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Comparing distributions with dot plots (example problem)

Sal examines two distributions in dot plots to draw conclusions about the times of Olympic swimmers. Created by Sal Khan.

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Video transcript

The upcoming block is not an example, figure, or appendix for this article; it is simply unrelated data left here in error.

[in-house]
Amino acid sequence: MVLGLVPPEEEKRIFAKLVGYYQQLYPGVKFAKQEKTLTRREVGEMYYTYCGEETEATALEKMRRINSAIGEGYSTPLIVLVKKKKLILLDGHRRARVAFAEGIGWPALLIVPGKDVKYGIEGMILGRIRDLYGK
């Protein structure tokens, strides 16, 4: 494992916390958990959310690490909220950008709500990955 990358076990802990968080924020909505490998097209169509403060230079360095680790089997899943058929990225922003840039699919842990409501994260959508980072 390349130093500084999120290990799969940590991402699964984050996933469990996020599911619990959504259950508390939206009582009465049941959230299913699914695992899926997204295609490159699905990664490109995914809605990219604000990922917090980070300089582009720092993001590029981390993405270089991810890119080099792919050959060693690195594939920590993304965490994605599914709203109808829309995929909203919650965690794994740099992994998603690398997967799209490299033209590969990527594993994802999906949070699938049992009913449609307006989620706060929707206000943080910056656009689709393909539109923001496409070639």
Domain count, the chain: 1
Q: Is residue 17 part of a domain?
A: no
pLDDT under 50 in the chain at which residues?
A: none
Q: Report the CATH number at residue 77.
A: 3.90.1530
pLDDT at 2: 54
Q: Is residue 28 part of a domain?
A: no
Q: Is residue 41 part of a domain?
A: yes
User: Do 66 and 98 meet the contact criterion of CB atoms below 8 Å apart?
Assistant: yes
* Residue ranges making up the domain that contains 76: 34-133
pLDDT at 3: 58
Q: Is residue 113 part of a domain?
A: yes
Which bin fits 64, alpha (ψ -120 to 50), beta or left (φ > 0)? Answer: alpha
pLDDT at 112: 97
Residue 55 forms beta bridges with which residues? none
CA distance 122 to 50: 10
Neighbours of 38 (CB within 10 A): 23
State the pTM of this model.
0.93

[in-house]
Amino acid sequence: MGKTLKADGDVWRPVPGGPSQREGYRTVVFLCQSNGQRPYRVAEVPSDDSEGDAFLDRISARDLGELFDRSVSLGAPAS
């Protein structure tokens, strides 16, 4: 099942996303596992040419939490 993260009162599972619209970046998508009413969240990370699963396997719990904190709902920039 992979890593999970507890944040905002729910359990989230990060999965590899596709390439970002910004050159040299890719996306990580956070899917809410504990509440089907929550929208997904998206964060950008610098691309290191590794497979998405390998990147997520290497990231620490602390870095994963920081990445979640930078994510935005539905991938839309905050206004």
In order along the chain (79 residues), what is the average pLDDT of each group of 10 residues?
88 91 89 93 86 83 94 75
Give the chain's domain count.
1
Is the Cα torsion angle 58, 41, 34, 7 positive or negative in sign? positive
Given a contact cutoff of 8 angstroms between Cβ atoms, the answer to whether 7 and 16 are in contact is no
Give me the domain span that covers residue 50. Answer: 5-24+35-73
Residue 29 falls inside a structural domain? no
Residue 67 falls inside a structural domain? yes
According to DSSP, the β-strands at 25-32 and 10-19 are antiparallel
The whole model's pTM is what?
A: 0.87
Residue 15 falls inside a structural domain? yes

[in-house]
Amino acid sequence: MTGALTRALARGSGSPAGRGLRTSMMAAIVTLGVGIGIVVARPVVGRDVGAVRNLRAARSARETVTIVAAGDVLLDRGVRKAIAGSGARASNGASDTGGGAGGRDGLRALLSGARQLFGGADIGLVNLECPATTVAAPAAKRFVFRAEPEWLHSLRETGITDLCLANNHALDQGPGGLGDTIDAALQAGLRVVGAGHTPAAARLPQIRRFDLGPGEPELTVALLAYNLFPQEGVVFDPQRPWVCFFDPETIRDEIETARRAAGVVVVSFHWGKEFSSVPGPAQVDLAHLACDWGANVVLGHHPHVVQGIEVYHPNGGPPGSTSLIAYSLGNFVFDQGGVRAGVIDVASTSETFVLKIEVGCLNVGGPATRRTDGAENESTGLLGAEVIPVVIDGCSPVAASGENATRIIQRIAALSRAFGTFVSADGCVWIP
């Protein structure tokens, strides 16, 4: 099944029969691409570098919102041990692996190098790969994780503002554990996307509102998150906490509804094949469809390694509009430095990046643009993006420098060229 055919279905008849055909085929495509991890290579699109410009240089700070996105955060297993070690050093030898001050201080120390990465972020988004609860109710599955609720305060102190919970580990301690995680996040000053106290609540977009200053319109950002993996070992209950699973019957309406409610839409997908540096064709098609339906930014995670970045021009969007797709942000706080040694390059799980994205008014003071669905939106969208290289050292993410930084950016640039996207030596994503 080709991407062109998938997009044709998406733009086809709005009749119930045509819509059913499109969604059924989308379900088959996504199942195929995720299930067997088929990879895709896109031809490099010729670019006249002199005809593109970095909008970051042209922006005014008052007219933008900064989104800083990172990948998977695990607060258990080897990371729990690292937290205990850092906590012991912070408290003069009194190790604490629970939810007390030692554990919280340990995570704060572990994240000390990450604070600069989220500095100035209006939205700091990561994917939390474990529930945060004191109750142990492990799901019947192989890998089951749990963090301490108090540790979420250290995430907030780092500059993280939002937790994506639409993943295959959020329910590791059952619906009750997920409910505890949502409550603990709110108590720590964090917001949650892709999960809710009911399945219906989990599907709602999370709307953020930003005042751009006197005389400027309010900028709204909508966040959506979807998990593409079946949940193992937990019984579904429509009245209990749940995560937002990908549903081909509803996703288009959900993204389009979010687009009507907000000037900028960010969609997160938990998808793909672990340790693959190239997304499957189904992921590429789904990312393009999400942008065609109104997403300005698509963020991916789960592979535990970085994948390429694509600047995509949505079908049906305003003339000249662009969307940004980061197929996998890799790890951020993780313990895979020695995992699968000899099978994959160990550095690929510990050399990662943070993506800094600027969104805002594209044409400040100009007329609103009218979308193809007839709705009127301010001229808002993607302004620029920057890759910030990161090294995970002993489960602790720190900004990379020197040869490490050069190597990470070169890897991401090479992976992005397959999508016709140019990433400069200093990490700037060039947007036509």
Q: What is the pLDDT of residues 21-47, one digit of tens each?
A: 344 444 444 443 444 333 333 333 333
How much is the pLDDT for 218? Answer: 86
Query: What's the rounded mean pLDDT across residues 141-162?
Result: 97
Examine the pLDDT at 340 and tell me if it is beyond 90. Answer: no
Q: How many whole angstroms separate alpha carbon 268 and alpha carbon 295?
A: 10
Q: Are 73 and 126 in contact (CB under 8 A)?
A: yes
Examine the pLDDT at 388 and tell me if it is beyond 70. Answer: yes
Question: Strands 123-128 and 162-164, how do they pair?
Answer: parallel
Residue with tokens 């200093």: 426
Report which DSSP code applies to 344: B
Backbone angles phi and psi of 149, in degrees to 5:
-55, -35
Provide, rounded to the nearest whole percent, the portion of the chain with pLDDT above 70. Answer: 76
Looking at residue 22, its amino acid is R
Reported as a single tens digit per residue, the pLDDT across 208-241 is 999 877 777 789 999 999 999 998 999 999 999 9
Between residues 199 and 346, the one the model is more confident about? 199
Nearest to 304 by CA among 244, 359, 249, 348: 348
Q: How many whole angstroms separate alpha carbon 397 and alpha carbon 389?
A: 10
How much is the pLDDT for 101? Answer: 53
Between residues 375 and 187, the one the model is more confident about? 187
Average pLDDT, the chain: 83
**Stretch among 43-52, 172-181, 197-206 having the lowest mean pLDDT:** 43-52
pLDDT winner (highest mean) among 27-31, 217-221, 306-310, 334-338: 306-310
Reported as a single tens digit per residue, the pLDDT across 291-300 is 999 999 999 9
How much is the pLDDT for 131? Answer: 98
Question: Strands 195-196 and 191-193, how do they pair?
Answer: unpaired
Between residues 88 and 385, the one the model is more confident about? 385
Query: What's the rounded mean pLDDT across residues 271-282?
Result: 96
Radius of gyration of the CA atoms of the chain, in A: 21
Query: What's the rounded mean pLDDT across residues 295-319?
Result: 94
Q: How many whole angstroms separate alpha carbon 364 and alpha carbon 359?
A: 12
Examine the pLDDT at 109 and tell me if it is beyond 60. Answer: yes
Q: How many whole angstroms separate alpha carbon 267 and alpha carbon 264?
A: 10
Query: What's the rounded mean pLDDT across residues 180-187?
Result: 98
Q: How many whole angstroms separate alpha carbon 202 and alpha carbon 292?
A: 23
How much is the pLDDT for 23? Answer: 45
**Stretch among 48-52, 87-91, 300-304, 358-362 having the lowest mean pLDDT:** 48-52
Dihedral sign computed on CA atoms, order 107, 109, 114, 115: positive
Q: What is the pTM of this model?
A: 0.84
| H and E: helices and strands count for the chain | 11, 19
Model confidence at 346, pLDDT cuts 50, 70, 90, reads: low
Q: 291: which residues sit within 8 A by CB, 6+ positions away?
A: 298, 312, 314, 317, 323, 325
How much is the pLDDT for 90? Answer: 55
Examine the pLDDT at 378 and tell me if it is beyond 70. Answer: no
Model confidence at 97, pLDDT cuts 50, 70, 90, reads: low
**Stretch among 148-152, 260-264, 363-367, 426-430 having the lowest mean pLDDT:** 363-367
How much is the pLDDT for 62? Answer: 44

At the Olympic games, many events have several rounds of competition. One of these is the men's 100 meter backstroke. The upper dot plot shows the times in seconds of the top 8 finishers in the semifinal round at the 2012 Olympics. The lower dot plot shows the times of the same 8 swimmers, but in the final round. Which pieces of information can be gathered from these dot plots? In the semifinal round, we see that these are the 8 times of the 8 swimmers. We see 3 swimmers finished in exactly 53.5 seconds. One swimmer finished in 53.7 seconds right here. And one swimmer right over here finished in 52.7 seconds. And we can think about similar things for each of these dots. Now, in the final round, one swimmer here went much, much, much faster. So this is in 52.2 seconds. While this swimmer right over here went slower. We don't know which dot he was up here. But regardless of which dot he was up here, this dot took more time than all of these dots. So his time definitely got worse. And this is at 53.8 seconds. So let's look at the statements and see which of these apply. The swimmers had faster times, on average, in the finals. Is this true? Faster times on average in the finals? So if we look at the finals right over here, we could take each of these times, add them up, and then divide by 8, the number of times we have. But let's see if we can get an intuition for where this is, because we're really just comparing these two plots, or these two distributions, we could say. And so let's see, if all the data was these three points and these three points, we could intuit that the mean would be right around there. It would be around 53.2 or 53.3 seconds, right around there. And then we have this point and this point, if you just found the mean of that point and that point, so halfway between that point and that point, would get you right around there. So the mean of those two points would bring down the mean a little bit. And once again, I'm not figuring out the exact number. But maybe it would be around 53.2, 53.1, or 53.2 seconds. So that's my intuition for the mean of the final round. And now let's think about the mean of the semifinal round. Let's just look at these bottom five dots. If you find their mean, you could intuit it would be maybe someplace around here, pretty close to around 53.3 seconds. And then you have all these other ones that are at 53.5 and 53.3, which will bring the mean even higher. So I think it's fair to say that the mean in the final around and the time is less than the mean up here. And you could calculate it yourself, but I'm just trying to look at the distributions and get an intuition here. And at least in this case, it looks pretty clear that the swimmers had faster times, on average, in the finals. It took them less time. One of the swimmers was disqualified from the finals. Well, that's not true. We have 8 swimmers in the semifinal round. And we have 8 swimmers in the final round. So that one's not true. The times in the finals vary noticeably more than the times in the semifinals. That does look to be true. We see in the semifinals, a lot of the times were clumped up right around here at 53.3 seconds and 53.5 seconds. The high time isn't as high as this time. The low time isn't as low there. So the final round is definitely-- they vary noticeably more. Individually, the swimmers all swam faster in the finals than they did in the semifinals. Well, that's not true. Whoever this was, clearly they were one of these data points up here. This data point took more time than all of these data points. So this represents someone who took more time in the finals than they did in the semifinals. And we got it right.